Negotiating your academic offer can be nerve-wracking, and that concern usually revolves around a single question: what if the committee rescinds the offer?

That almost never happens.

Only 2% of academic offers are rescinded—and you can be on the lookout for the red flags indicating a department that might rescind an offer. If the school is very small, rural, and Christian or formerly a Christian college, the data show they are more likely to rescind an offer—but this is still not very likely! Likewise if the teaching load is very high, the chair or dean appears cold or rigid, or the deadline for response is very tight, they may be more likely to rescind the offer. If none of those are the case, the chance of having an offer rescinded is significantly reduced.

It is normal and expected for you to negotiate, and you can expect to receive some of the items you are negotiating for. You should prepare for your negotiation by knowing what makes up a total compensation package that will allow you to succeed, and then by doing your research and practicing your points with a friend or colleague, if necessary. Part of this preparation includes identifying your dealbreakers early on; what elements of your total compensation package are necessary for your success in the role? Which items would—if not agreed to—cause you to walk away from the offer? You need to know—and not reveal!—your dealbreakers so that you know where to focus your efforts, and where you can afford to concede a point.

Salary is typically the place to start. Salary builds over time, and if you leave money on the table, your percentage-based merit raises will suffer, because they will be lower than they could be. It is also still common for future salary to be based on salary history (this may be illegal in your state—check!), so the decision to accept a low salary offer early in your career can follow you for years, even to a new institution.

For all these reasons, your first efforts should be focused on salary, but other areas that you can negotiate include teaching load, teaching releases, start-up funds, perhaps a junior sabbatical to help you achieve publication goals for tenure, research funding, conference or travel funding, funding for your graduate students, summer funding or a summer bonus, a paid house-hunting visit, space provisions, delayed start, immediate health insurance coverage, a spousal hire, and more.

Remember that at larger, richer, more influential institutions, you can and should expect a better offer than at a small regional college with less money and fewer resources. Don’t try to negotiate R1 benefits at a small regional PTI—but also, don’t accept a small regional college offer from an R1.

Questions you might ask yourself are: what is a normal range of direct compensation for this post? What will my moving costs be? What are housing costs like in the new city? Does the university offer a housing allowance or housing assistance for new hires, and how much? If you are going to need research funding, what are the typical start-up costs for a post like this in your field, and how long do you need this start-up funding to continue (how long will it take you to identify other sources of funding and then apply for and receive these funds)?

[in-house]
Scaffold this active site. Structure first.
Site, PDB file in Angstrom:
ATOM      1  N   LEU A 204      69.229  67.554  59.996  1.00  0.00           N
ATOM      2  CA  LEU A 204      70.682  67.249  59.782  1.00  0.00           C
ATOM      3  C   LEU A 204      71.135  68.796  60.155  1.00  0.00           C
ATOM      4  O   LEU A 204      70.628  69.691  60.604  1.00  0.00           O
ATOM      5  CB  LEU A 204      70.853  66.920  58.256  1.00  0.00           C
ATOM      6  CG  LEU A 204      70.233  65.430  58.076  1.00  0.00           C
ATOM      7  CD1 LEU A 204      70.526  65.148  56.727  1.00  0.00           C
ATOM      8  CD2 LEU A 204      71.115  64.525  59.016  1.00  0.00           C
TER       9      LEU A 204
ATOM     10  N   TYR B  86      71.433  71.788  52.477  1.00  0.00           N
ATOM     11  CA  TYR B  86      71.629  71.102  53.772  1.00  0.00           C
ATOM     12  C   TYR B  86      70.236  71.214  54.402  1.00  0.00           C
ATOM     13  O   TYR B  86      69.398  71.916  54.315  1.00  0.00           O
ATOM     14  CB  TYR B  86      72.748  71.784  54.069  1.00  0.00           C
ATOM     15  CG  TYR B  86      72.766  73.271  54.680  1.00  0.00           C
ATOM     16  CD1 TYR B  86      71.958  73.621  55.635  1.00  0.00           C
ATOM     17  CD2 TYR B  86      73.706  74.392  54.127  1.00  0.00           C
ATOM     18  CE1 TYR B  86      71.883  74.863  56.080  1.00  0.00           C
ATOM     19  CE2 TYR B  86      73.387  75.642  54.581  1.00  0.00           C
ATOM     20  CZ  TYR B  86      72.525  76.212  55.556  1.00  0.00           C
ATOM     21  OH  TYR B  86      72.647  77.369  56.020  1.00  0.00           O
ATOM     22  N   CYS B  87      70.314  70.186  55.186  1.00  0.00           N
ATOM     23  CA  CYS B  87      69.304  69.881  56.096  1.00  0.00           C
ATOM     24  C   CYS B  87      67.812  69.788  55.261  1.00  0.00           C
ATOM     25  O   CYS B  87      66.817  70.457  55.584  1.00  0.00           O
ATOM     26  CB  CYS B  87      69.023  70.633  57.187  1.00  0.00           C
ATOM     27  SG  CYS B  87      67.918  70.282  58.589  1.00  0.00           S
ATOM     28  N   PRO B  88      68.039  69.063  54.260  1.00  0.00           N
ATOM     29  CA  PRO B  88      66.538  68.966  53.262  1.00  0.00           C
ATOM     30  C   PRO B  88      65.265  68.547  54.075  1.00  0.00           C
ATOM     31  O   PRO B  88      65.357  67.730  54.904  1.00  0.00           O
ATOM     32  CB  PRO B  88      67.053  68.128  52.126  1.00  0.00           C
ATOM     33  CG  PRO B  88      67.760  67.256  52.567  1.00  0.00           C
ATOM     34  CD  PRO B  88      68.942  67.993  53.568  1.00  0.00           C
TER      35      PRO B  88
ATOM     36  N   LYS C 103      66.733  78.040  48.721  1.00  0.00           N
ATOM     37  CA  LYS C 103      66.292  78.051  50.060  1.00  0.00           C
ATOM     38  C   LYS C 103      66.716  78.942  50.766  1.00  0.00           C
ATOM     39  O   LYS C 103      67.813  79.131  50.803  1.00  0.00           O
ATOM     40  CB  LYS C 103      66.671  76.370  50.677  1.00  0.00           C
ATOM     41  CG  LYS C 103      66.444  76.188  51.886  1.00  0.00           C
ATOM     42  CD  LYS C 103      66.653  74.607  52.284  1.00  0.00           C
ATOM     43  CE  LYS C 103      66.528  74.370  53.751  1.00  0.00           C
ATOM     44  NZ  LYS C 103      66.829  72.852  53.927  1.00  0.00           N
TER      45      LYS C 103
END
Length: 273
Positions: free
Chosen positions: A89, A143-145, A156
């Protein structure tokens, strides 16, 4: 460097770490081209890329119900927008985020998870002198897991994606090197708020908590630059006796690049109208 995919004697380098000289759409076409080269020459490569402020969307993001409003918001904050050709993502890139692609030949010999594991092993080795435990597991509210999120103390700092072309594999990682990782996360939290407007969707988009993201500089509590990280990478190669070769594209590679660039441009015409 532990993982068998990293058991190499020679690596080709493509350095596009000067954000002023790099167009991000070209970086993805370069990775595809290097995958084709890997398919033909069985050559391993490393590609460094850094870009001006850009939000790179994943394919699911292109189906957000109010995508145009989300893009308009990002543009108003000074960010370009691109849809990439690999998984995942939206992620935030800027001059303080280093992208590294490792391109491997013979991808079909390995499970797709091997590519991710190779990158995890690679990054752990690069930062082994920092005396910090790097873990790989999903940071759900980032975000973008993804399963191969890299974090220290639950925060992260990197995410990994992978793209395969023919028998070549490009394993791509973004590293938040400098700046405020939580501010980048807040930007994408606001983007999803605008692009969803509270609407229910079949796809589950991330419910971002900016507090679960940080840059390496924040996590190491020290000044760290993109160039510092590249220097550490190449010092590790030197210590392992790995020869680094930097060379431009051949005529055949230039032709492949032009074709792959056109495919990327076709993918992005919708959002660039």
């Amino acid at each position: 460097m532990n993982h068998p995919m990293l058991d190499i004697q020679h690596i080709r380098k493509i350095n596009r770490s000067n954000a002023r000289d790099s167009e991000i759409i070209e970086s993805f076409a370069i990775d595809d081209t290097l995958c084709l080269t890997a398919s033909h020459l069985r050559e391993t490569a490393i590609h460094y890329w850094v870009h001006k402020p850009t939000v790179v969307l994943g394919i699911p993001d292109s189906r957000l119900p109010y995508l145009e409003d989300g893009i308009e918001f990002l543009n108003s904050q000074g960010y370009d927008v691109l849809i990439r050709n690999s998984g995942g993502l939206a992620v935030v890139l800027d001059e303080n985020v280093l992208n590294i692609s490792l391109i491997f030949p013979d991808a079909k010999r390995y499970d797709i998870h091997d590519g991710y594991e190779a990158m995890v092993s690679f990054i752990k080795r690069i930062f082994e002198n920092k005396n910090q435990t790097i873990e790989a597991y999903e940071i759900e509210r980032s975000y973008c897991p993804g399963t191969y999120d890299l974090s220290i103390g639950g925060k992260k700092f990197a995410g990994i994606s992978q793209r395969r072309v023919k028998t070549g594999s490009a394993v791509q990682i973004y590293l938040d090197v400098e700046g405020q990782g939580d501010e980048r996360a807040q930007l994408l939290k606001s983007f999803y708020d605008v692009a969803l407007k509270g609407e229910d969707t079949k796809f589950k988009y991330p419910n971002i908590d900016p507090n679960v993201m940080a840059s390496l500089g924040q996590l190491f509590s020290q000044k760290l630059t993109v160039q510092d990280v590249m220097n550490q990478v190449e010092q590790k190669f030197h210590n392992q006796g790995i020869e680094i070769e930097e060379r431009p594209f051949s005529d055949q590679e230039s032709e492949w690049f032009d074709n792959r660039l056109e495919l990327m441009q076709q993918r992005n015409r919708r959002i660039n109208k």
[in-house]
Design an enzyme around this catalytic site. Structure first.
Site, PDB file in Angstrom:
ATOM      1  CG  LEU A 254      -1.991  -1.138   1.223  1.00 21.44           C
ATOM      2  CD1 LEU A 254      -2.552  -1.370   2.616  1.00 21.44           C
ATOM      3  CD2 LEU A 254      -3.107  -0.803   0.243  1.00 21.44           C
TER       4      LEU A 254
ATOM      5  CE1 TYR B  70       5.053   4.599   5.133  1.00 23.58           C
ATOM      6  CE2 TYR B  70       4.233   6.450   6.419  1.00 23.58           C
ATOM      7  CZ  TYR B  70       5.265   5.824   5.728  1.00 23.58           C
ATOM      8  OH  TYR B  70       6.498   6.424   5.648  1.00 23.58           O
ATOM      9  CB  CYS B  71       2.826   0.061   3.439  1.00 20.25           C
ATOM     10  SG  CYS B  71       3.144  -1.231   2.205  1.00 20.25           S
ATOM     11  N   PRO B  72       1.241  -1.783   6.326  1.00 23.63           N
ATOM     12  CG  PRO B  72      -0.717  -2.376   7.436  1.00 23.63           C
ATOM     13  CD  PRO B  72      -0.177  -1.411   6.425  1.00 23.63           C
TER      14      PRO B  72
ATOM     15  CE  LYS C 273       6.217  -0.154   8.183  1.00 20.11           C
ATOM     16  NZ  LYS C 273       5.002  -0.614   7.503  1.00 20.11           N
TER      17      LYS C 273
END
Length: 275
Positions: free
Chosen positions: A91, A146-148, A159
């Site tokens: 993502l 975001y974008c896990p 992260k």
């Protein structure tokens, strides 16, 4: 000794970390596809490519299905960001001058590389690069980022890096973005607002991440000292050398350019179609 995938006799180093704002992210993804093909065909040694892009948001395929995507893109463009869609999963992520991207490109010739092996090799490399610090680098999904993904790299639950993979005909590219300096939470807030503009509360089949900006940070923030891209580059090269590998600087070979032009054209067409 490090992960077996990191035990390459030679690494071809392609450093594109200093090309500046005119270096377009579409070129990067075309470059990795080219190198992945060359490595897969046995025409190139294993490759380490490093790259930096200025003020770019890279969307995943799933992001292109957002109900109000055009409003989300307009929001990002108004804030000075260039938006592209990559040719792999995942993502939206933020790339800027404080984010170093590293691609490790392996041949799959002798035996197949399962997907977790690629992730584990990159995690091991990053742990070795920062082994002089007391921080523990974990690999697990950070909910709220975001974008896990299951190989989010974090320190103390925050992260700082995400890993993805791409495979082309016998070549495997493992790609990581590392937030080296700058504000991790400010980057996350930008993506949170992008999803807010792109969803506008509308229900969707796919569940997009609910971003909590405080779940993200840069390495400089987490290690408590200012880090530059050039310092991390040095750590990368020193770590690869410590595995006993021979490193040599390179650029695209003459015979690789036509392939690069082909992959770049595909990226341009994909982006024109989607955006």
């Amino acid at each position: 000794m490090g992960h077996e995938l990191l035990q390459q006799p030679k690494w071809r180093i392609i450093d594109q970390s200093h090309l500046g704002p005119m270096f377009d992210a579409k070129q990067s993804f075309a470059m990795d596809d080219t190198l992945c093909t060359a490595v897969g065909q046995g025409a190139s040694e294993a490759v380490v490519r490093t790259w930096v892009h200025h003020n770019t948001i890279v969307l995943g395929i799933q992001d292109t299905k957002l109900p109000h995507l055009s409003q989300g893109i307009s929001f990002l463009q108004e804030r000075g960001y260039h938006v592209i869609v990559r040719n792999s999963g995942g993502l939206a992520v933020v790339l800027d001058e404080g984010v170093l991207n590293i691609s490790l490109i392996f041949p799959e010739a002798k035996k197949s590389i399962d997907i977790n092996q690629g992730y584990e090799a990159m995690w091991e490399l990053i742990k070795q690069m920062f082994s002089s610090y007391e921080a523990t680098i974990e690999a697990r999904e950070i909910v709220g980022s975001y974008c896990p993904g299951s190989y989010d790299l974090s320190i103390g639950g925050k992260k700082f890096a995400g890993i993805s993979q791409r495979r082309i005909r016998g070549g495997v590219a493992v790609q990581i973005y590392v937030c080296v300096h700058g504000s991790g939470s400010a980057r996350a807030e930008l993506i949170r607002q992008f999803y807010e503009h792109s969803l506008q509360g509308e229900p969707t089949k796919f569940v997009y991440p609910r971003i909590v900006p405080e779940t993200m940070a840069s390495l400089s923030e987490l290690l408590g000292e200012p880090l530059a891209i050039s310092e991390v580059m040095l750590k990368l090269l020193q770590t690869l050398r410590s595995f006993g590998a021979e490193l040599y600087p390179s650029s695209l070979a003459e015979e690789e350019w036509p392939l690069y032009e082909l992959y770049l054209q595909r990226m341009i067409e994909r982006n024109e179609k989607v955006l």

The answers to these questions will help you assemble your desired package, which you can then check against the total compensation package you are being offered, and identify key areas for negotiation.

When you negotiate, it’s important to remember that this is business, and should be phrased and framed as such. It often seems less aggressive or offensive to the listener to couch a counter-offer in language that stresses your feelings or comfort, but that softening effect can undermine your business case. Offer business reasons for the counter-offer, such as the prevailing compensation for similar positions, your unusual skills or abilities, or the importance of the item under discussion to your ability to succeed in the role. Everyone here wants you to succeed. Negotiation is the process of you and the department working in partnership to make sure you will have what you need to succeed.


  • Always negotiate in good faith.
  • Be appreciative and humble even as you are aware of your value and firm about your needs.
  • Open and close each conversation with appreciation and enthusiasm.
  • Send (or ask for) follow-up emails after verbal conversations that summarize the discussion and indicate any conclusions reached.
  • Be clear with yourself about the difference between things you need and things you want, and be willing to compromise on the latter while standing firm on the former.
  • Work to find the win-win solutions.

If you do your research, know your dealbreakers and must-haves, and are prepared to make a business case for your compensation package, you will succeed in your academic job offer negotiation.